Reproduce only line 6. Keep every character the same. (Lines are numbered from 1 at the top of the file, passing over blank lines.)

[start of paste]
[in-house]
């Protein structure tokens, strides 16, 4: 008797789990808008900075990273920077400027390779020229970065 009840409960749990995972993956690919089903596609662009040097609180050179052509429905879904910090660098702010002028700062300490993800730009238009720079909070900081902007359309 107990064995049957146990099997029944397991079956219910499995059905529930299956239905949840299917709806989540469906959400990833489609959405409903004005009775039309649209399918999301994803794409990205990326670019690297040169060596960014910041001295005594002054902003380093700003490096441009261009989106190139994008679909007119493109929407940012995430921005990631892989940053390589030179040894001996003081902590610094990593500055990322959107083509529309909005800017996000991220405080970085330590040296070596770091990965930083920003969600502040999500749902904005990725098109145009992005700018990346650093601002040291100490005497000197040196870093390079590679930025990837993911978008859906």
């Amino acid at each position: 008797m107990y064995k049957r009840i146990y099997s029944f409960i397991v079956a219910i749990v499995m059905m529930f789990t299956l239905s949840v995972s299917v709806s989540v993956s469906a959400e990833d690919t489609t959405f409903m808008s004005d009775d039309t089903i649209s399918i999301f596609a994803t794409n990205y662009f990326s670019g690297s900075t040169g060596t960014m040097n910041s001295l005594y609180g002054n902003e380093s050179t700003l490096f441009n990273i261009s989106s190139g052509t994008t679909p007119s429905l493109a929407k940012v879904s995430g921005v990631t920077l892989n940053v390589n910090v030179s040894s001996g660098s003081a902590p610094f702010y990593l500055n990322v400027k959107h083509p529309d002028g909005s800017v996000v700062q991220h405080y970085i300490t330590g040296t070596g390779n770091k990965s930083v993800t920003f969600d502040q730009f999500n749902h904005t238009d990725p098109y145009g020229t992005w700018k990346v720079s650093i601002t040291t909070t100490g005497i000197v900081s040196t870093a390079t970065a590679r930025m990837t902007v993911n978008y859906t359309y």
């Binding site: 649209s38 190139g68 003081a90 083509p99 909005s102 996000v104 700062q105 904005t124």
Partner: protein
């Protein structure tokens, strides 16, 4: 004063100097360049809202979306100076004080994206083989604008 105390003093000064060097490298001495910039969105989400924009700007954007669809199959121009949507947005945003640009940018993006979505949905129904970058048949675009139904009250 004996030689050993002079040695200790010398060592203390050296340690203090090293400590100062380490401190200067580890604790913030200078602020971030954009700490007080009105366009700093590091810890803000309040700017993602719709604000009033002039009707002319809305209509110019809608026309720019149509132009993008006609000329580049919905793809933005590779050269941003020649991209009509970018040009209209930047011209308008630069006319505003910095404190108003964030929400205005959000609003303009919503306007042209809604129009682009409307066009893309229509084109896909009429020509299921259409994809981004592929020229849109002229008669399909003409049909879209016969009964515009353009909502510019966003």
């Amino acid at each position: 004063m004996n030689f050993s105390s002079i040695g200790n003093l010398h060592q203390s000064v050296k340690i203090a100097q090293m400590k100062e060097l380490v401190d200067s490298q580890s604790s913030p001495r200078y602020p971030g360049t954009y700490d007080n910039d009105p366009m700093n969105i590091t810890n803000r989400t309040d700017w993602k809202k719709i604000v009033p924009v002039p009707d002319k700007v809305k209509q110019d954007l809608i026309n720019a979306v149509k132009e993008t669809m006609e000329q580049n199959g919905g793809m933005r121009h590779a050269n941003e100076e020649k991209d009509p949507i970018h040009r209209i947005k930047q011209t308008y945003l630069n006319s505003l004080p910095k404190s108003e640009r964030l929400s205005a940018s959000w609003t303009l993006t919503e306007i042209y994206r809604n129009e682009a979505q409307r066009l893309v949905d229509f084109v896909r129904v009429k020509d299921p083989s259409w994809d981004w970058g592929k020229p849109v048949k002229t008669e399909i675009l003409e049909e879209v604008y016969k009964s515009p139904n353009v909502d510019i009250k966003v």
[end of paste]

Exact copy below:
């Protein structure tokens, strides 16, 4: 004063100097360049809202979306100076004080994206083989604008 105390003093000064060097490298001495910039969105989400924009700007954007669809199959121009949507947005945003640009940018993006979505949905129904970058048949675009139904009250 004996030689050993002079040695200790010398060592203390050296340690203090090293400590100062380490401190200067580890604790913030200078602020971030954009700490007080009105366009700093590091810890803000309040700017993602719709604000009033002039009707002319809305209509110019809608026309720019149509132009993008006609000329580049919905793809933005590779050269941003020649991209009509970018040009209209930047011209308008630069006319505003910095404190108003964030929400205005959000609003303009919503306007042209809604129009682009409307066009893309229509084109896909009429020509299921259409994809981004592929020229849109002229008669399909003409049909879209016969009964515009353009909502510019966003």